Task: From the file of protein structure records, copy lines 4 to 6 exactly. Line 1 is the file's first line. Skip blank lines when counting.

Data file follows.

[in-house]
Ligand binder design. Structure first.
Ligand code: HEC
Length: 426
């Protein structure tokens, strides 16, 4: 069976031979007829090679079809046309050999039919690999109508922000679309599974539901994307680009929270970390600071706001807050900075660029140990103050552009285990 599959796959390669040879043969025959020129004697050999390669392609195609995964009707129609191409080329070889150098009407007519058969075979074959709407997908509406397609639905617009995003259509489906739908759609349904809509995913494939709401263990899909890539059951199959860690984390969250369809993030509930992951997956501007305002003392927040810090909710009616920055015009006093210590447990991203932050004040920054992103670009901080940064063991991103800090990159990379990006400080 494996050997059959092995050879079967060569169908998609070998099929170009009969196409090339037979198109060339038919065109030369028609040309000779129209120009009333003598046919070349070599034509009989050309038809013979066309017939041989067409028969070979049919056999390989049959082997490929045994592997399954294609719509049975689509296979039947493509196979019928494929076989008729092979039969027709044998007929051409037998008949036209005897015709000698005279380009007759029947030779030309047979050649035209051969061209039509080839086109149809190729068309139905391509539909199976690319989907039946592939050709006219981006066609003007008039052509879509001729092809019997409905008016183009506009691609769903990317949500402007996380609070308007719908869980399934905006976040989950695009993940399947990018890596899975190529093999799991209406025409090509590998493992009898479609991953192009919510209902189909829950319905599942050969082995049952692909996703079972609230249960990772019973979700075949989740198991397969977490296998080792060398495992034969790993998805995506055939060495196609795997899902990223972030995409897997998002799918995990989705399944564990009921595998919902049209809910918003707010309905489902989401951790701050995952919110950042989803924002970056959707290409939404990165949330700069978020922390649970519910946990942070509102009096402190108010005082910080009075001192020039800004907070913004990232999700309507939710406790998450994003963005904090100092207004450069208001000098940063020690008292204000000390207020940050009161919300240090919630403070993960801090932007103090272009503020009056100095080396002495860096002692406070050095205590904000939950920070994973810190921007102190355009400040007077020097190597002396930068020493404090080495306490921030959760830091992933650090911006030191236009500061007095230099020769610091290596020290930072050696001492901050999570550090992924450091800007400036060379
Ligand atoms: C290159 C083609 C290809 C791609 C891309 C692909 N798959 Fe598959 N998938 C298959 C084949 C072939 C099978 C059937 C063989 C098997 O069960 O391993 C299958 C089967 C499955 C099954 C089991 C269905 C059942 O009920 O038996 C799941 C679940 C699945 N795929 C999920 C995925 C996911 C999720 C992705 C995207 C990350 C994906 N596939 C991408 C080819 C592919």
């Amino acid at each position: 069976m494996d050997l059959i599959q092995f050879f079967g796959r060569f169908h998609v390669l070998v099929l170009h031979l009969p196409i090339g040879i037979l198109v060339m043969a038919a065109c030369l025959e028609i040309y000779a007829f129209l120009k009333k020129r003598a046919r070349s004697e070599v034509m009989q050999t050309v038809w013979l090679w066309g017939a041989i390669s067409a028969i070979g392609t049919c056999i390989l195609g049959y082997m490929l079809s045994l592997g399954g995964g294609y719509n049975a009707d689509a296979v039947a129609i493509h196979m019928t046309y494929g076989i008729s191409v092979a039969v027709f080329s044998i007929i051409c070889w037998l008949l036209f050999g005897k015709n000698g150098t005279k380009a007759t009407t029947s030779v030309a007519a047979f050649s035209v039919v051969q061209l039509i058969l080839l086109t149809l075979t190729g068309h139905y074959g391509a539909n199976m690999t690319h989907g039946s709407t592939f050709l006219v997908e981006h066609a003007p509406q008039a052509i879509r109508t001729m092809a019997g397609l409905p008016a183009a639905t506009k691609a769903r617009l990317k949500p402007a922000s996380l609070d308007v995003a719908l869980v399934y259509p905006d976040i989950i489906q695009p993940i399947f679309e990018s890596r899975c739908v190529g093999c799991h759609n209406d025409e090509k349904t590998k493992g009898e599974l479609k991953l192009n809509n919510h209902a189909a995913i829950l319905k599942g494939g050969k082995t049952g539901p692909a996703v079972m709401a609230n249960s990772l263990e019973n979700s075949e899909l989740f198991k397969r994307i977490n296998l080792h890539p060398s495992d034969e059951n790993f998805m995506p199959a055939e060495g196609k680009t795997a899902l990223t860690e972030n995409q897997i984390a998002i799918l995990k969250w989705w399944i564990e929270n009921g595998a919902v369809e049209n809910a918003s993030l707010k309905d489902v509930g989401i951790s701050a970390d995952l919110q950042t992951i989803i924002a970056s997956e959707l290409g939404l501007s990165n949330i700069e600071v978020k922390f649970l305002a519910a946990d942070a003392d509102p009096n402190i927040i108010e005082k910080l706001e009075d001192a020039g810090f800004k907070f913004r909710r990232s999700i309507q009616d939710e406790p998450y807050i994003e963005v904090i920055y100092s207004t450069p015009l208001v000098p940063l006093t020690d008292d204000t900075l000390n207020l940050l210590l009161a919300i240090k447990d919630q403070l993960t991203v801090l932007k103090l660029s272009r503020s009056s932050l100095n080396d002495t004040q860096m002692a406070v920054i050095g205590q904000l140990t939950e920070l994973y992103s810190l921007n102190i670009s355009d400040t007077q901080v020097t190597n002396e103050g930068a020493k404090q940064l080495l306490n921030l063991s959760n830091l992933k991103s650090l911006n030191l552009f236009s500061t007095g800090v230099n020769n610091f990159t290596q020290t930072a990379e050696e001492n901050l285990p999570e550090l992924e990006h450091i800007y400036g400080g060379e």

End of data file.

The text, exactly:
Length: 426
């Protein structure tokens, strides 16, 4: 069976031979007829090679079809046309050999039919690999109508922000679309599974539901994307680009929270970390600071706001807050900075660029140990103050552009285990 599959796959390669040879043969025959020129004697050999390669392609195609995964009707129609191409080329070889150098009407007519058969075979074959709407997908509406397609639905617009995003259509489906739908759609349904809509995913494939709401263990899909890539059951199959860690984390969250369809993030509930992951997956501007305002003392927040810090909710009616920055015009006093210590447990991203932050004040920054992103670009901080940064063991991103800090990159990379990006400080 494996050997059959092995050879079967060569169908998609070998099929170009009969196409090339037979198109060339038919065109030369028609040309000779129209120009009333003598046919070349070599034509009989050309038809013979066309017939041989067409028969070979049919056999390989049959082997490929045994592997399954294609719509049975689509296979039947493509196979019928494929076989008729092979039969027709044998007929051409037998008949036209005897015709000698005279380009007759029947030779030309047979050649035209051969061209039509080839086109149809190729068309139905391509539909199976690319989907039946592939050709006219981006066609003007008039052509879509001729092809019997409905008016183009506009691609769903990317949500402007996380609070308007719908869980399934905006976040989950695009993940399947990018890596899975190529093999799991209406025409090509590998493992009898479609991953192009919510209902189909829950319905599942050969082995049952692909996703079972609230249960990772019973979700075949989740198991397969977490296998080792060398495992034969790993998805995506055939060495196609795997899902990223972030995409897997998002799918995990989705399944564990009921595998919902049209809910918003707010309905489902989401951790701050995952919110950042989803924002970056959707290409939404990165949330700069978020922390649970519910946990942070509102009096402190108010005082910080009075001192020039800004907070913004990232999700309507939710406790998450994003963005904090100092207004450069208001000098940063020690008292204000000390207020940050009161919300240090919630403070993960801090932007103090272009503020009056100095080396002495860096002692406070050095205590904000939950920070994973810190921007102190355009400040007077020097190597002396930068020493404090080495306490921030959760830091992933650090911006030191236009500061007095230099020769610091290596020290930072050696001492901050999570550090992924450091800007400036060379
Ligand atoms: C290159 C083609 C290809 C791609 C891309 C692909 N798959 Fe598959 N998938 C298959 C084949 C072939 C099978 C059937 C063989 C098997 O069960 O391993 C299958 C089967 C499955 C099954 C089991 C269905 C059942 O009920 O038996 C799941 C679940 C699945 N795929 C999920 C995925 C996911 C999720 C992705 C995207 C990350 C994906 N596939 C991408 C080819 C592919």